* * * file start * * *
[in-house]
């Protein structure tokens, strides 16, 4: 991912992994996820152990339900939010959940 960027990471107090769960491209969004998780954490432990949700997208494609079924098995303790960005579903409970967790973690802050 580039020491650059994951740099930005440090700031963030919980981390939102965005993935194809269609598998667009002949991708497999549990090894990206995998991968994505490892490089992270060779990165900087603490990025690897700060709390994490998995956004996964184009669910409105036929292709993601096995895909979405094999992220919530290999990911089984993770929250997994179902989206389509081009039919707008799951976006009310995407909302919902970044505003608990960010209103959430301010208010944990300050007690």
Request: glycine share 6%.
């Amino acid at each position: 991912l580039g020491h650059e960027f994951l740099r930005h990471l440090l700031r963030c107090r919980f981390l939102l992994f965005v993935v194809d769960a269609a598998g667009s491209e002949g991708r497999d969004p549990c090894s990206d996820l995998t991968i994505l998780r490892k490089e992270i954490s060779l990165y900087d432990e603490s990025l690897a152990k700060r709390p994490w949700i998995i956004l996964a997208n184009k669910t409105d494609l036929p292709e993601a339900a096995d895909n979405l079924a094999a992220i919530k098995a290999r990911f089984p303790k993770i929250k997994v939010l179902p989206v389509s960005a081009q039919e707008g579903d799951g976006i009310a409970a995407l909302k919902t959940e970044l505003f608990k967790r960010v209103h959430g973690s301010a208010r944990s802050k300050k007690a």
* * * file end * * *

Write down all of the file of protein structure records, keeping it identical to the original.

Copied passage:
[in-house]
């Protein structure tokens, strides 16, 4: 991912992994996820152990339900939010959940 960027990471107090769960491209969004998780954490432990949700997208494609079924098995303790960005579903409970967790973690802050 580039020491650059994951740099930005440090700031963030919980981390939102965005993935194809269609598998667009002949991708497999549990090894990206995998991968994505490892490089992270060779990165900087603490990025690897700060709390994490998995956004996964184009669910409105036929292709993601096995895909979405094999992220919530290999990911089984993770929250997994179902989206389509081009039919707008799951976006009310995407909302919902970044505003608990960010209103959430301010208010944990300050007690």
Request: glycine share 6%.
């Amino acid at each position: 991912l580039g020491h650059e960027f994951l740099r930005h990471l440090l700031r963030c107090r919980f981390l939102l992994f965005v993935v194809d769960a269609a598998g667009s491209e002949g991708r497999d969004p549990c090894s990206d996820l995998t991968i994505l998780r490892k490089e992270i954490s060779l990165y900087d432990e603490s990025l690897a152990k700060r709390p994490w949700i998995i956004l996964a997208n184009k669910t409105d494609l036929p292709e993601a339900a096995d895909n979405l079924a094999a992220i919530k098995a290999r990911f089984p303790k993770i929250k997994v939010l179902p989206v389509s960005a081009q039919e707008g579903d799951g976006i009310a409970a995407l909302k919902t959940e970044l505003f608990k967790r960010v209103h959430g973690s301010a208010r944990s802050k300050k007690a």